We’ve just launched our new cleaning service for the rest of the Bay Area. It’s been several months of work to make our software robust enough that it can survive the real world.
Some of the things I’ve learned about building a technology business that touches the offline world with Exec:
Software that manages people’s livelihoods needs to be very robust. I thought people were mad when a 100k concurrent stream at Justin.tv would go down; downtime here is far worse.
You can’t just release new changes every day. People working on the platform need time to learn new systems. In consumer tech, everyone looks up to Facebook and aspires to “move fast and break things.” With Exec, we have to think about how everyone is going to be taught about every change.
When software goes down, the real world continues. Which is a total shit storm. We’ve dealt with AWS outages by assigning jobs by phone and tracking time spent with pencil and paper, and then updating all our records by hand after the fact.
These lessons in mind, it is still imperative to move as quickly as possible. As with any startup, you are still racing to determine if your business ideas is even at all viable, and every moment you aren’t gathering data is a moment wasted. The trick is to figure out the quickest ways to address the problems above.
I had a fun time filming this interview (except for the part where our site went down momentarily, that wasn’t fun at all). This is probably the first quality edited recording of the entire story of my career as an entrepreneur.
Hope you like it. They cut out most of my flippant comments.
When you first start creating products it is easy to succumb to divine inspiration fallacy. For many first time entrepreneurs, it is easy to think that you uniquely have had a one-of-a-kind product idea. You wake up one night with a crystal clear vision for a product and exactly how your future customers will use it. You think that the product spec comes from the mouth of God directly to your mind, and from there directly to the web. Write it out, build it, ship it, done.
When you think you already have the perfect solution to a problem, your mindset changes from “how do we discover what our customers want?” to “how do we get as much day one leverage as possible for our product?”. After all, it was quick for you to build it, so now it’s a race to capture as much of the market as possible before a competitor comes along and creates the same thing. Unfortunately, this leads many entrepreneurs to invest heavily in large launch campaigns, paid media and other excesses before they have discovered if their product actually fulfills a customer need. See Airtime and Color for recent examples.
While externally other companies appear to operate this way, few products created like this survive in the wild. You and I are not Steve Jobs and this is not Apple, and even Apple does iterative prototyping for during product development. A priori you do not know what people want, nor will you be particularly good at guessing when you are just starting out.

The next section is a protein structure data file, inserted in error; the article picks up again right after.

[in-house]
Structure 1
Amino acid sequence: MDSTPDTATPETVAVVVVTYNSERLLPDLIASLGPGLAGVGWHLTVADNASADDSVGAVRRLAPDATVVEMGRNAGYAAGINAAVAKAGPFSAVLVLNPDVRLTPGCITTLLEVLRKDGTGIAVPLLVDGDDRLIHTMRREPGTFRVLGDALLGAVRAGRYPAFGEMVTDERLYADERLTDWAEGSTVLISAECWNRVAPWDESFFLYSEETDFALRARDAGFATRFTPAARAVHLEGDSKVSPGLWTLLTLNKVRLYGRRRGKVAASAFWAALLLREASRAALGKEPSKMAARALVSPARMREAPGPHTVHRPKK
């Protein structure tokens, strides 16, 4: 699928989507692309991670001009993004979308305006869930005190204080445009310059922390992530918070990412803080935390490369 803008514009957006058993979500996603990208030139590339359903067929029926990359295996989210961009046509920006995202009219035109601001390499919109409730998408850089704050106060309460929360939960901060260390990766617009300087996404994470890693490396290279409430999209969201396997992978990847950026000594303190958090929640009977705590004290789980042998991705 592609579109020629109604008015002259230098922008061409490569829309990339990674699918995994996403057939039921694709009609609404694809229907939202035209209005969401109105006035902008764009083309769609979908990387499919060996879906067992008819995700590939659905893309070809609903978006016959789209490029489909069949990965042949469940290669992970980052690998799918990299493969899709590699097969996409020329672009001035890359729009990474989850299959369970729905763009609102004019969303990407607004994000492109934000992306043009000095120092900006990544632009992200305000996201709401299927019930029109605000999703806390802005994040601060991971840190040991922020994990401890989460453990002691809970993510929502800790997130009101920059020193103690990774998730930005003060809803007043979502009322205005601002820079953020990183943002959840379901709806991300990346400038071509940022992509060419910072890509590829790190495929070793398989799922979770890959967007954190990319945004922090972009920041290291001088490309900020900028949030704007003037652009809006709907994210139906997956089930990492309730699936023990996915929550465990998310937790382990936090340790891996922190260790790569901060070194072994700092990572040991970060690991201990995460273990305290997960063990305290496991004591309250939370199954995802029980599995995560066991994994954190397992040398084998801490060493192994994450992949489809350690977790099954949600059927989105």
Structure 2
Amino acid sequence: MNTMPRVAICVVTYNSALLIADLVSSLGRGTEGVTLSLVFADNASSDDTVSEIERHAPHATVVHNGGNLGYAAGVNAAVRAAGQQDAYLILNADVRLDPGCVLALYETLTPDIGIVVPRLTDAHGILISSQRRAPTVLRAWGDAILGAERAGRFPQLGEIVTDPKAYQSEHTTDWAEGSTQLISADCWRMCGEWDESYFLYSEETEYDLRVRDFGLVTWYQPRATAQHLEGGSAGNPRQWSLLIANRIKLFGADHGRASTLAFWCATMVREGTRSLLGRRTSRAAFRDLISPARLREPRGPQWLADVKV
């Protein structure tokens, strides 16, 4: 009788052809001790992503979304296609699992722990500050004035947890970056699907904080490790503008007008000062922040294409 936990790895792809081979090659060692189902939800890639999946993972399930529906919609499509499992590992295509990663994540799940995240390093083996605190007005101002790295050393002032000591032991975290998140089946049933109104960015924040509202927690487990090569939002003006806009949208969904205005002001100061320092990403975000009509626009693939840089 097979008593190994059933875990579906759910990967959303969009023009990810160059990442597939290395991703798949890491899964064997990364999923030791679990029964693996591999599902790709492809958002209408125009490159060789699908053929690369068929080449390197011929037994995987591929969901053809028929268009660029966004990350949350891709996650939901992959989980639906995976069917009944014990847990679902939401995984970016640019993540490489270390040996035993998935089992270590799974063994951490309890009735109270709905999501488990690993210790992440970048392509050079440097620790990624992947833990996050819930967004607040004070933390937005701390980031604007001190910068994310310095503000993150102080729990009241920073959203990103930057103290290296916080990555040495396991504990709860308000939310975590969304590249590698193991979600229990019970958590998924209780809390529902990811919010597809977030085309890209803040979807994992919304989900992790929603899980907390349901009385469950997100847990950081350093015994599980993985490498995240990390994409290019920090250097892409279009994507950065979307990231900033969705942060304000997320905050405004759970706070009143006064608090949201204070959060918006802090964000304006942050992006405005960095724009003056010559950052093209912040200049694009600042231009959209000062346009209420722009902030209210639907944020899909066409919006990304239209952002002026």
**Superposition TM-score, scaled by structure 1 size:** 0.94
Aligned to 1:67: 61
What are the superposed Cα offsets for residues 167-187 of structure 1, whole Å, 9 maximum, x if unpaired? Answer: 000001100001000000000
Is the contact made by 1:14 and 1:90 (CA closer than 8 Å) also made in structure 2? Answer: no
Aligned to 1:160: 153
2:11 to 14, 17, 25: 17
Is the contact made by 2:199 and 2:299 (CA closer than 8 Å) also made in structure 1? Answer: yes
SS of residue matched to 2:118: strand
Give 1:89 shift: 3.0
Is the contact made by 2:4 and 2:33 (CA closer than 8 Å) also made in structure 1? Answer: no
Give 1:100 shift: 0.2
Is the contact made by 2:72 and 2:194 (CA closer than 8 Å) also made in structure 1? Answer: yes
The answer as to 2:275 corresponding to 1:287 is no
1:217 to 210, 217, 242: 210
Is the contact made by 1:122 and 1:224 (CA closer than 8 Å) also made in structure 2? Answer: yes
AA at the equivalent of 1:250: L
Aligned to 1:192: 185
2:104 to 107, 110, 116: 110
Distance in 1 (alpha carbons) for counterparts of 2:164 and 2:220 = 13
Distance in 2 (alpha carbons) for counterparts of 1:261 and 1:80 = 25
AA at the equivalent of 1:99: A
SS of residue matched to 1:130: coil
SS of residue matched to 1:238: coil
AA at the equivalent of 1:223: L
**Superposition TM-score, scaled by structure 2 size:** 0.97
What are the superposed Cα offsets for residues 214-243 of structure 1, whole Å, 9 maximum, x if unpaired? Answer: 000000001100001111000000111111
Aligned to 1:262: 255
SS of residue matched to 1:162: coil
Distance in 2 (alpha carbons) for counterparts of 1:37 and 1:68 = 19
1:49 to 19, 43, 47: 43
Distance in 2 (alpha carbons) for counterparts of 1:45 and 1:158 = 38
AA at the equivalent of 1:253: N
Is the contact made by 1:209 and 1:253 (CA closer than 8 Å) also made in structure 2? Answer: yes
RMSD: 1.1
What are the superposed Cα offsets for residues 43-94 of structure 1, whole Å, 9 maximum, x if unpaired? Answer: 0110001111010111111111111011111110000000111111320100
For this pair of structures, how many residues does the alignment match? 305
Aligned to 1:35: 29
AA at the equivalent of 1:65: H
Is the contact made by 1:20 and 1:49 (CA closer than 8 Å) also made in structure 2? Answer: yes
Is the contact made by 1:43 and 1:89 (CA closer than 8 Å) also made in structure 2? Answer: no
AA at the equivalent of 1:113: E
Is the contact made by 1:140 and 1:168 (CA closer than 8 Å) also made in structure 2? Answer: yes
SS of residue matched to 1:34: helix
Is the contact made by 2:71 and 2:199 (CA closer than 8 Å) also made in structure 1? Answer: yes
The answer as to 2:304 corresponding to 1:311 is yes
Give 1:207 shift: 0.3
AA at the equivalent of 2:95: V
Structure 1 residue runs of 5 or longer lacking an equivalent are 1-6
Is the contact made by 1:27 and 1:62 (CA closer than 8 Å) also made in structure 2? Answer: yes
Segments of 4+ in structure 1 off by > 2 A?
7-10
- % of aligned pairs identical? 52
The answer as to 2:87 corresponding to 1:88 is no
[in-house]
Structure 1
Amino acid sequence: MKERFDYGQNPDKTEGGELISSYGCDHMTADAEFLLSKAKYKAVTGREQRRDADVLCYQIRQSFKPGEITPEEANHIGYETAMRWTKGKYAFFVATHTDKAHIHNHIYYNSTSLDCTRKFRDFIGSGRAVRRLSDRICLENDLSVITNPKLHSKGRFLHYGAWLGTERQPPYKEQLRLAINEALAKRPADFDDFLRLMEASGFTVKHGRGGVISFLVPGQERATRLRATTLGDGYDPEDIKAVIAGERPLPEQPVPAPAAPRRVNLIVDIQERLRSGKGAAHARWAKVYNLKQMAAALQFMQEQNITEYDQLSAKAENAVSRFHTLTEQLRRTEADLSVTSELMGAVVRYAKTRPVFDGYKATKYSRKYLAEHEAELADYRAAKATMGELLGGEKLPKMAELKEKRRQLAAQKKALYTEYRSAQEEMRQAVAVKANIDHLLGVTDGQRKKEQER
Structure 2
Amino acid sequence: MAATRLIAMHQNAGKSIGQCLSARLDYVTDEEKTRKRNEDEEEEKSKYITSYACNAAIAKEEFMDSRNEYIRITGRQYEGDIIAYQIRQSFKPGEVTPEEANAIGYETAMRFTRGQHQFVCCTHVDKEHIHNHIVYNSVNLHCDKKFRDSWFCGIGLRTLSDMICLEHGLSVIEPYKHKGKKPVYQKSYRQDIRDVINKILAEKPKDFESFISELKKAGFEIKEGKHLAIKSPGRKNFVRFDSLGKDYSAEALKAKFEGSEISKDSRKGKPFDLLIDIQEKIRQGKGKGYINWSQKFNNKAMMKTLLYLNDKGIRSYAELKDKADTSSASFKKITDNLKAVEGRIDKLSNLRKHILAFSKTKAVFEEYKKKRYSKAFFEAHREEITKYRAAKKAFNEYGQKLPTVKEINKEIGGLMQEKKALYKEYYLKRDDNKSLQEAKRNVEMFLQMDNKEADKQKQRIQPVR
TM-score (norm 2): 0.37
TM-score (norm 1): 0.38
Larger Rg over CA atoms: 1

The first version of Exec was a text input on the web that would send an SMS, and we built it in week. After releasing it, we built things only things that solved a customer problem that multiple customers had. Customers wondering where their Execs were? Added the live map feature. Customers didn’t want to be bothered with phone calls? Added messaging in the app.
Do the bare minimum to prove your hypothesis. That doesn’t mean do shoddy work; that means knowing what the bare minimum is. If you are testing whether great design will inspire more customers to engage more with the product, well then, you need to actually put in the work to create some great designs. If you are testing whether customers will use a new billing interface, perhaps the first version doesn’t need the best design.
Some experiments will work, and some will not. You will likely need to do many experiments to solve even a small problem.
Invest in growth once you have external evidence that something is working. Before that time, keep as small of an overhead footprint as possible.
Remember, everything you are building today will be killed or iterated. The former is more likely than the latter. Great products are created by many incremental improvements.
It turns out you don’t have to be employed as a programmer to use programming at your job. When I was a college student, I spent a few summers working at a law office as a file clerk. Basically, the job was as boring as it sounds: get requests for files from the file room, physically sort through boxes, pull out said files, deliver them. Occasionally rearrange the entire file room to accommodate more boxes.
Because there was a full time file clerk as well as myself, there wasn’t really enough for two people, so I also spent part of my time as the assistant IT guy. That was also as boring as it sounds, and much less technical: reinstall copies of Windows 98 for the lawyers, hand them new keyboards, etc.
At one point a particularly terrible task came at hand. In order to make exhibits for a certain case the firm had to lay out and print literally thousands of photos. For God knows what reason, the software they had been using to do this was Microsoft Excel. They would actually make a spreadsheet and individually import each photo and then drag it to the right place so that there would be six photos per page when printed. This task fell to the woman who ran IT, which was promptly kicked down to me.